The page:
• G09G3/28Control arrangements or circuits, of interest only in connection with visual indicators other than cathode-ray tubes for presentation of an assembly of a number of characters, e.g. a page, by composing the assembly by combination of individual elements arranged in a matrix no fixed position being assigned to or needed to be assigned to the individual characters or partial characters using controlled light sources using luminous gas-discharge panels, e.g. plasma panels
    • G09G3/288Control arrangements or circuits, of interest only in connection with visual indicators other than cathode-ray tubes for presentation of an assembly of a number of characters, e.g. a page, by composing the assembly by combination of individual elements arranged in a matrix no fixed position being assigned to or needed to be assigned to the individual characters or partial characters using controlled light sources using luminous gas-discharge panels, e.g. plasma panels using AC panels
    • G09G3/291Control arrangements or circuits, of interest only in connection with visual indicators other than cathode-ray tubes for presentation of an assembly of a number of characters, e.g. a page, by composing the assembly by combination of individual elements arranged in a matrix no fixed position being assigned to or needed to be assigned to the individual characters or partial characters using controlled light sources using luminous gas-discharge panels, e.g. plasma panels using AC panels controlling the gas discharge to control a cell condition, e.g. by means of specific pulse shapes
    • G09G3/293Control arrangements or circuits, of interest only in connection with visual indicators other than cathode-ray tubes for presentation of an assembly of a number of characters, e.g. a page, by composing the assembly by combination of individual elements arranged in a matrix no fixed position being assigned to or needed to be assigned to the individual characters or partial characters using controlled light sources using luminous gas-discharge panels, e.g. plasma panels using AC panels controlling the gas discharge to control a cell condition, e.g. by means of specific pulse shapes for address discharge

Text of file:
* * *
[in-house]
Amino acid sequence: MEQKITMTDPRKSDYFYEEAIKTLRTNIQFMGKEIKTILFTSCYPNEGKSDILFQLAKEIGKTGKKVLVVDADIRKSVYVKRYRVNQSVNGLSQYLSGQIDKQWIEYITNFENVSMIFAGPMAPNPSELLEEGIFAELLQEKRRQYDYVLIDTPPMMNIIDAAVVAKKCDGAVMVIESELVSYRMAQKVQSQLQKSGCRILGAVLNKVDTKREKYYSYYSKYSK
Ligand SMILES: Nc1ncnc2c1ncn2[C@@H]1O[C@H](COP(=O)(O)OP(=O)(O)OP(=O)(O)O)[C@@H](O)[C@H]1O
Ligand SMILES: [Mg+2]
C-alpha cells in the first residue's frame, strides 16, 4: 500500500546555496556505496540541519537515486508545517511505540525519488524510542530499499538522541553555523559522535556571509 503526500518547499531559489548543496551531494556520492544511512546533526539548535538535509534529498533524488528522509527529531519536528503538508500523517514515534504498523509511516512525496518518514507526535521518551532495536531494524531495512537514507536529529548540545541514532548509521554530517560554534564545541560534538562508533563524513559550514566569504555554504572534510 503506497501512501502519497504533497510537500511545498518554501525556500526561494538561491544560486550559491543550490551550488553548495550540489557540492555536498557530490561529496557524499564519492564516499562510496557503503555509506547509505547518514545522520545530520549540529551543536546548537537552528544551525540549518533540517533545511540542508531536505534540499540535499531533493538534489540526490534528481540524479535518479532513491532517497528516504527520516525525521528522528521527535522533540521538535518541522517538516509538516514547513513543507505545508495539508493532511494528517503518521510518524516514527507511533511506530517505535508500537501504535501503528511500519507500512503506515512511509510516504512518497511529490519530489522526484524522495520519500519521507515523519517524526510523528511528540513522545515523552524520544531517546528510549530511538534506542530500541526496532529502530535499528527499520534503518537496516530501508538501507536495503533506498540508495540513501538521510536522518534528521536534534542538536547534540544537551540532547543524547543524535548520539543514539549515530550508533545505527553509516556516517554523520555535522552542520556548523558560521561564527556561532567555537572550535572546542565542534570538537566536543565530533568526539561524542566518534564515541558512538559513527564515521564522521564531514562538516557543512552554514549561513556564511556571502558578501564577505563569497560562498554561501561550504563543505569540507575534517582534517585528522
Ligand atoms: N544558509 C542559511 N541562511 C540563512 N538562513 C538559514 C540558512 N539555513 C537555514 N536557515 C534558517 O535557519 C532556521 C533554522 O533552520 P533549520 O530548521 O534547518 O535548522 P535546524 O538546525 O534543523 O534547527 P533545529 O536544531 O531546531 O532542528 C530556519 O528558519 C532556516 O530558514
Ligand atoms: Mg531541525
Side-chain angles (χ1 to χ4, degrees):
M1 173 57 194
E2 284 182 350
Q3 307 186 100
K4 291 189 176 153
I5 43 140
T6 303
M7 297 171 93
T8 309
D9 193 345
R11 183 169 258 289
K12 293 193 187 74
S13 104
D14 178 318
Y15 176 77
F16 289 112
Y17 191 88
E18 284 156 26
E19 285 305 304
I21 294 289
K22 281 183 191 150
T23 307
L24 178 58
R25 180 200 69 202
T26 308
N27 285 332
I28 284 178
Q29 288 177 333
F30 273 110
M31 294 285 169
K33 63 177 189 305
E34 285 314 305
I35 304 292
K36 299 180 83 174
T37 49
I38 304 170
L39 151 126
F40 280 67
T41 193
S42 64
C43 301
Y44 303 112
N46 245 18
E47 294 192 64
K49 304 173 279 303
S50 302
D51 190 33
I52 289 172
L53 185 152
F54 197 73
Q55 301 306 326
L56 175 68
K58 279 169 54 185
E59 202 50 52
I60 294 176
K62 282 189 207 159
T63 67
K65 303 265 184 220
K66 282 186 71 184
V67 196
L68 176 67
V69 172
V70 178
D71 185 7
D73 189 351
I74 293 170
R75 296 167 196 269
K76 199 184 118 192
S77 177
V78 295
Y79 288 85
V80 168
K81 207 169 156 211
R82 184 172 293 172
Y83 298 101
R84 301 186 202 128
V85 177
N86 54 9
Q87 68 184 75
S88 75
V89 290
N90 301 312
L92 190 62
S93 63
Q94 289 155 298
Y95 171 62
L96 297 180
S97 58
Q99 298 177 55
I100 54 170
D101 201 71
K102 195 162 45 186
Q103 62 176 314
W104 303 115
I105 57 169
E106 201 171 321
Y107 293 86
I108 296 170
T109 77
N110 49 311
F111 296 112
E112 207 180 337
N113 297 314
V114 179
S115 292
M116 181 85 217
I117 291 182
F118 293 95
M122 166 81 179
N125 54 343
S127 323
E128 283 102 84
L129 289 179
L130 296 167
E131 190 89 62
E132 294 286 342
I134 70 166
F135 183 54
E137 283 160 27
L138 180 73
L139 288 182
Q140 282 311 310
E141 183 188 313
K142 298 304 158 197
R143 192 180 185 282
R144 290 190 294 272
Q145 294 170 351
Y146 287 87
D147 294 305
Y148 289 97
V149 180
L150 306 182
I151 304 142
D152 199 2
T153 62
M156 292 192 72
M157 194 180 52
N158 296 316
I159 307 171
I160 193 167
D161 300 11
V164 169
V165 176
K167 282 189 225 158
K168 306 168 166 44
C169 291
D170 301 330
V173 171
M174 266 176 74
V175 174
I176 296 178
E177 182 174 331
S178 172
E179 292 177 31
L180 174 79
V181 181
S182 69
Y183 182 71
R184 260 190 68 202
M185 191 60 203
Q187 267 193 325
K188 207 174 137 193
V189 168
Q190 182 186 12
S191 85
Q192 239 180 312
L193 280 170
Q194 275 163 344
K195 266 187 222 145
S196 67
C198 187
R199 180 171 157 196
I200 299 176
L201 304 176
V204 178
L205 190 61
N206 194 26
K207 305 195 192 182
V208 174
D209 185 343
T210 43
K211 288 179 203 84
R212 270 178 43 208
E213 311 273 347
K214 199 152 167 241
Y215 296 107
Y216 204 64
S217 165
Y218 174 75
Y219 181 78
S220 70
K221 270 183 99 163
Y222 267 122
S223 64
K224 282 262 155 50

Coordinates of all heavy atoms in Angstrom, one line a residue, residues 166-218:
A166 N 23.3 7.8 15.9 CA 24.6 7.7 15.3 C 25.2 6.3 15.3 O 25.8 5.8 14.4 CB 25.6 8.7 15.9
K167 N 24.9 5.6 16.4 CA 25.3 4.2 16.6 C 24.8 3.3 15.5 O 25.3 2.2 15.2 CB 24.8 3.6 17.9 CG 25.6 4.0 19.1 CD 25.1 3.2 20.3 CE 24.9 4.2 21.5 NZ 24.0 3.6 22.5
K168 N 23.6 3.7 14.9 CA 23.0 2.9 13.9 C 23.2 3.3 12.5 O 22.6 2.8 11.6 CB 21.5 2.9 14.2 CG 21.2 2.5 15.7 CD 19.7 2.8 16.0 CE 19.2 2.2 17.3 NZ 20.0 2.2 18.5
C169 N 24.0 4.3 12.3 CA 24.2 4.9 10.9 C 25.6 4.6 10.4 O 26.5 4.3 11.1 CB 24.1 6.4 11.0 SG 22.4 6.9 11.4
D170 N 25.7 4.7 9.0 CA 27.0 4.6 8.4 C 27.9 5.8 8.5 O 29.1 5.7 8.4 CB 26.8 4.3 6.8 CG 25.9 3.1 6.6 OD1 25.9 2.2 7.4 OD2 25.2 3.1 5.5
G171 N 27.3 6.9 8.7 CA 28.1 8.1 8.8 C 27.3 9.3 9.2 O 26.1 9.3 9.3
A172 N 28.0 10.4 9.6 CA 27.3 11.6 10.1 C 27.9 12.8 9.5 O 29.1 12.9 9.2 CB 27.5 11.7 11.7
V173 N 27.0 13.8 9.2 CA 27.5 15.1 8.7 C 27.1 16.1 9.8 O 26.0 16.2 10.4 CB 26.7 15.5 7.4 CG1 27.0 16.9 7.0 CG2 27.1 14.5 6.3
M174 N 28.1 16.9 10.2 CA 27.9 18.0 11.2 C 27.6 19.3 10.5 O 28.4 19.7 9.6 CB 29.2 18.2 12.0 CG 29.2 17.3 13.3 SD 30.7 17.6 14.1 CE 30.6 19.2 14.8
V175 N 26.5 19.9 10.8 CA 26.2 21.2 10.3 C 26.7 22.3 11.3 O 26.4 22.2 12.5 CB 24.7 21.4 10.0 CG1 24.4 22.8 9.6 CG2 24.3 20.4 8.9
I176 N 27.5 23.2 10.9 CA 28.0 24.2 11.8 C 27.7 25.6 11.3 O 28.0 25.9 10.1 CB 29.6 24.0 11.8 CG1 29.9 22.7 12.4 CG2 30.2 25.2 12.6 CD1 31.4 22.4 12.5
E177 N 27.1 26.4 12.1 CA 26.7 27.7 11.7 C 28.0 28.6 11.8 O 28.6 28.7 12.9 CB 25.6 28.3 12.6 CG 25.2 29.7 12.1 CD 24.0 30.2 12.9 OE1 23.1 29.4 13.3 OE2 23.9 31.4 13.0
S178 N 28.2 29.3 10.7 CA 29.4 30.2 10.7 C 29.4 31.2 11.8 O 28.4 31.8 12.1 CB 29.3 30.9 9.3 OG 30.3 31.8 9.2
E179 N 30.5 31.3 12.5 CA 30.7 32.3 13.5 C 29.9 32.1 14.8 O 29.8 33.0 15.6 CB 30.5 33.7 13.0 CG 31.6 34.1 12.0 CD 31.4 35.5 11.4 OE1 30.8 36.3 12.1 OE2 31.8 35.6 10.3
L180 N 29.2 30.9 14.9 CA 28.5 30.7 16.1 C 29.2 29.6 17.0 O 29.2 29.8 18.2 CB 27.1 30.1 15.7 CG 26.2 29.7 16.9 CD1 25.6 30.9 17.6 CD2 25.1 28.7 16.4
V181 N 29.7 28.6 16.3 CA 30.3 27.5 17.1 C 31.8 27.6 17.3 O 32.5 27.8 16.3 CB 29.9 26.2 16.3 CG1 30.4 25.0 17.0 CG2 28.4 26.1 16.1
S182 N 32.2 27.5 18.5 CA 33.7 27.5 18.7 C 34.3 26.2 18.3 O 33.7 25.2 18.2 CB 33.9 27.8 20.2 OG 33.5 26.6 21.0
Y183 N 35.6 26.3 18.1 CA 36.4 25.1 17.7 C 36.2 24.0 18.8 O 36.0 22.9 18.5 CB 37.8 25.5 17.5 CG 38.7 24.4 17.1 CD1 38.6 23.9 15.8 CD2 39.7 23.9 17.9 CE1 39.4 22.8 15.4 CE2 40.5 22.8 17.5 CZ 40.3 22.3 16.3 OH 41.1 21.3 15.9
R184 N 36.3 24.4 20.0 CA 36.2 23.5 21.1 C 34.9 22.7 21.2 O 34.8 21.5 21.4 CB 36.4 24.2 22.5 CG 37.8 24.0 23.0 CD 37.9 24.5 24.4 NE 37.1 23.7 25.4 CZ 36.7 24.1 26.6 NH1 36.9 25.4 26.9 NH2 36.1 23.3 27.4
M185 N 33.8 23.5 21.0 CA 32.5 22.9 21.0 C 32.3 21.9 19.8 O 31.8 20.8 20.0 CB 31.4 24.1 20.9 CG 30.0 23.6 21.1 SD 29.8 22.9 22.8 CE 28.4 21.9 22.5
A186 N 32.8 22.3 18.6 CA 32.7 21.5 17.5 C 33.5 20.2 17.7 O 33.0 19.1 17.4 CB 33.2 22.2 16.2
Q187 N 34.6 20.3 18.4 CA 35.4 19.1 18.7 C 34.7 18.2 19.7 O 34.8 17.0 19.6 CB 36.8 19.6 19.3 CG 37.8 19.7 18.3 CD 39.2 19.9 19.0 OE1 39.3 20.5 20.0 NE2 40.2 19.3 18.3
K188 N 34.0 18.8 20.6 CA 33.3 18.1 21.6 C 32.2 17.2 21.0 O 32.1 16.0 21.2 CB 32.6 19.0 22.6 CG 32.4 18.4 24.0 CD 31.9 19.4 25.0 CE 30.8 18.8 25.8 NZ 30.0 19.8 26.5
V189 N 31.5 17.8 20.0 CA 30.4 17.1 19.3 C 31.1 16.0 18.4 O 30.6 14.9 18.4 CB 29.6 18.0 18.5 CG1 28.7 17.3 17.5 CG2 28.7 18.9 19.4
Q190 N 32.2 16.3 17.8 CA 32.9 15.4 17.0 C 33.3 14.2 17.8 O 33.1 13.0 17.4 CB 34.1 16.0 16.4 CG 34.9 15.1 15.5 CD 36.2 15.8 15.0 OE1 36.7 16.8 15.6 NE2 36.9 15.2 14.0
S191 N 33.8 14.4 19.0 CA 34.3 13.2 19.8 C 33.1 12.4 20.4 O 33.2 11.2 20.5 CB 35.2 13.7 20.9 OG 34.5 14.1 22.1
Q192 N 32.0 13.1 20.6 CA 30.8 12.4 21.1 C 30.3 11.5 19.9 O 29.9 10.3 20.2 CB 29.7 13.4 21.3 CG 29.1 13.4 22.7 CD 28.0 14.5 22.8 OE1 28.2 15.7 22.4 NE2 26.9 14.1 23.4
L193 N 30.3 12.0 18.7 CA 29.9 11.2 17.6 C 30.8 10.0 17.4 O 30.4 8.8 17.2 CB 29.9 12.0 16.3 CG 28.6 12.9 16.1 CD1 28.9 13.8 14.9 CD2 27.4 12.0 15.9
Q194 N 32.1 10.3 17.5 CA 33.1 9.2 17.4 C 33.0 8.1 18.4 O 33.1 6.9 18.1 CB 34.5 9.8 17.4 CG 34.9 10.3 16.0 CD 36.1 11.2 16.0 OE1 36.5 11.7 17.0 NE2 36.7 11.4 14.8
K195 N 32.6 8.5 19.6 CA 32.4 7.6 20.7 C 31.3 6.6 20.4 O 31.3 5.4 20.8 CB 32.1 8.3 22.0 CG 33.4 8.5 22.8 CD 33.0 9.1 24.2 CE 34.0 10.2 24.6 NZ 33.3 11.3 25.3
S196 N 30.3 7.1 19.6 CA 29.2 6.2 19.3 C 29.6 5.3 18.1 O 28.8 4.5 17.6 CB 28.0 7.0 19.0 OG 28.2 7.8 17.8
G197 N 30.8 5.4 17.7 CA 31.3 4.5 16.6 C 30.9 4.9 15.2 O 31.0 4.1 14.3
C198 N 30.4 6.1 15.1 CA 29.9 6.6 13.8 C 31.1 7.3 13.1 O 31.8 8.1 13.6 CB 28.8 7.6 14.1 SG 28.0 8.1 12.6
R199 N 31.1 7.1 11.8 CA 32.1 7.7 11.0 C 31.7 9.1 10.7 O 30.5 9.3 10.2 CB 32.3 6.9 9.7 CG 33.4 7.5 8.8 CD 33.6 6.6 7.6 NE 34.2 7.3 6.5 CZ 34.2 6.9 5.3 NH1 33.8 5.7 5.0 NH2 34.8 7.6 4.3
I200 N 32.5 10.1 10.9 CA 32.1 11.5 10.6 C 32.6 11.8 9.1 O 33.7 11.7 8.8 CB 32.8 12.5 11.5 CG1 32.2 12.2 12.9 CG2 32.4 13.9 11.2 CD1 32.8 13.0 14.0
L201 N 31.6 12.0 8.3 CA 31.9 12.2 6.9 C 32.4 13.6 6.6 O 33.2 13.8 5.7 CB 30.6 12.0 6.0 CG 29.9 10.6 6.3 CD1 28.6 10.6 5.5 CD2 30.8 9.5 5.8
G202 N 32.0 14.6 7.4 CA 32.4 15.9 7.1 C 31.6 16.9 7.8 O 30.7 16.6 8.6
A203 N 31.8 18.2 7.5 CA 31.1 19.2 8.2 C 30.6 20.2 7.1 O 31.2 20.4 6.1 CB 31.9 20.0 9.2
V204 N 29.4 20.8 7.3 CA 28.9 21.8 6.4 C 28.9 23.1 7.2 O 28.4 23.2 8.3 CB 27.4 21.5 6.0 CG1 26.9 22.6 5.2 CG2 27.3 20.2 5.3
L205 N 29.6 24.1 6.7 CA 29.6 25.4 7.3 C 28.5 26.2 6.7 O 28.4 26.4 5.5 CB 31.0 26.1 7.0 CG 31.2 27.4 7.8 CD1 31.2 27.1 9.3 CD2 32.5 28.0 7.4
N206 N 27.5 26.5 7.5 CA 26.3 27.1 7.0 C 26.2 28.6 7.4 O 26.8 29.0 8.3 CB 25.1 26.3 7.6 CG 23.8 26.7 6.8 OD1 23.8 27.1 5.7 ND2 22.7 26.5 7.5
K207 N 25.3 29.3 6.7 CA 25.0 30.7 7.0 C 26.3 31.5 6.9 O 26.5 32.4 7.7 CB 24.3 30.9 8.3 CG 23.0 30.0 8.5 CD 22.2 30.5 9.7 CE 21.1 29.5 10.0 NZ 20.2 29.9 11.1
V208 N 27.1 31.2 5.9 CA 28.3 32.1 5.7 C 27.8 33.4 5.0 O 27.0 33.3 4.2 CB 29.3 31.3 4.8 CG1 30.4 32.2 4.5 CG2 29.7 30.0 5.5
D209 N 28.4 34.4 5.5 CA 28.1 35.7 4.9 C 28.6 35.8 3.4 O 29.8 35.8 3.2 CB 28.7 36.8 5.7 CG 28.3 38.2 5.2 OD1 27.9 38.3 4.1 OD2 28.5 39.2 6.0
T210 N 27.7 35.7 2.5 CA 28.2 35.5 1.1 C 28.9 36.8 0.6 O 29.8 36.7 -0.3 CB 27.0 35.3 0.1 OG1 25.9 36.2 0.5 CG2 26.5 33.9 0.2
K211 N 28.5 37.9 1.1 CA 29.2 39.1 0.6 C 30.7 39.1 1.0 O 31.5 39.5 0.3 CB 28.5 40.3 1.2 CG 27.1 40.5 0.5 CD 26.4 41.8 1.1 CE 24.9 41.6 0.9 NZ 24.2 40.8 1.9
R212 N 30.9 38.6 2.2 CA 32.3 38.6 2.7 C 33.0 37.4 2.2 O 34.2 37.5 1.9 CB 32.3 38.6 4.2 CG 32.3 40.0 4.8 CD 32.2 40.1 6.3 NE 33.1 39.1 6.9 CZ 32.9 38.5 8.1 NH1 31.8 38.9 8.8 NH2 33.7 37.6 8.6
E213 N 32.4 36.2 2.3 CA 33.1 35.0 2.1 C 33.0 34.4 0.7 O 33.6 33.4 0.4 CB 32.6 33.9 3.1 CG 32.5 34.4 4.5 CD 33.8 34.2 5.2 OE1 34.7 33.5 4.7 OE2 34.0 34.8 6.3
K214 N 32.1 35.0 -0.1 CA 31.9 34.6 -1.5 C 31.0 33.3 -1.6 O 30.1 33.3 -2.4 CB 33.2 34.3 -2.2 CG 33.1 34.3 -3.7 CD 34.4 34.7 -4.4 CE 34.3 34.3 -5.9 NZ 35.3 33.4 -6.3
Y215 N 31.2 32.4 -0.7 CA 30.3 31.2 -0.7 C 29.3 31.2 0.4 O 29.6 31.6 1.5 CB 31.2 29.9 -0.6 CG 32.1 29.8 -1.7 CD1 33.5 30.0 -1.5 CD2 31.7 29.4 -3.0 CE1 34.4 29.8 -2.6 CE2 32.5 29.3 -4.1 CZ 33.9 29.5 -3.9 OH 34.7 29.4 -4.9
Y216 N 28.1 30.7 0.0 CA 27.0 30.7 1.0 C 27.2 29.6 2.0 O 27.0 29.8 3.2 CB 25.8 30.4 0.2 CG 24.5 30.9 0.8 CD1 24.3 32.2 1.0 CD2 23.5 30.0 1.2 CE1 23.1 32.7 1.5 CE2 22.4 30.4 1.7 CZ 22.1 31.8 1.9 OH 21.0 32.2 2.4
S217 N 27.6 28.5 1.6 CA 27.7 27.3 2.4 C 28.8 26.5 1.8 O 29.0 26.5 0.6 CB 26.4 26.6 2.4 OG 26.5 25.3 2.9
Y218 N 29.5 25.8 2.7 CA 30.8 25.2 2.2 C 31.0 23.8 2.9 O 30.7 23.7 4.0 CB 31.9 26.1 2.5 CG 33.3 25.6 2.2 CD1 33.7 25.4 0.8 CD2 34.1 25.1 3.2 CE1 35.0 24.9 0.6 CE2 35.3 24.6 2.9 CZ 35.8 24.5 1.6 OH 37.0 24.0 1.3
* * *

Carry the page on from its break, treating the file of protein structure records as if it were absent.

• GPHYSICS
    • G09EDUCATION; CRYPTOGRAPHY; DISPLAY; ADVERTISING; SEALS
    • G09GARRANGEMENTS OR CIRCUITS FOR CONTROL OF INDICATING DEVICES USING STATIC MEANS TO PRESENT VARIABLE INFORMATION
    • G09G3/00Control arrangements or circuits, of interest only in connection with visual indicators other than cathode-ray tubes
    • G09G3/20Control arrangements or circuits, of interest only in connection with visual indicators other than cathode-ray tubes for presentation of an assembly of a number of characters, e.g. a page, by composing the assembly by combination of individual elements arranged in a matrix no fixed position being assigned to or needed to be assigned to the individual characters or partial characters
    • G09G3/22Control arrangements or circuits, of interest only in connection with visual indicators other than cathode-ray tubes for presentation of an assembly of a number of characters, e.g. a page, by composing the assembly by combination of individual elements arranged in a matrix no fixed position being assigned to or needed to be assigned to the individual characters or partial characters using controlled light sources
    • G09G3/28Control arrangements or circuits, of interest only in connection with visual indicators other than cathode-ray tubes for presentation of an assembly of a number of characters, e.g. a page, by composing the assembly by combination of individual elements arranged in a matrix no fixed position being assigned to or needed to be assigned to the individual characters or partial characters using controlled light sources using luminous gas-discharge panels, e.g. plasma panels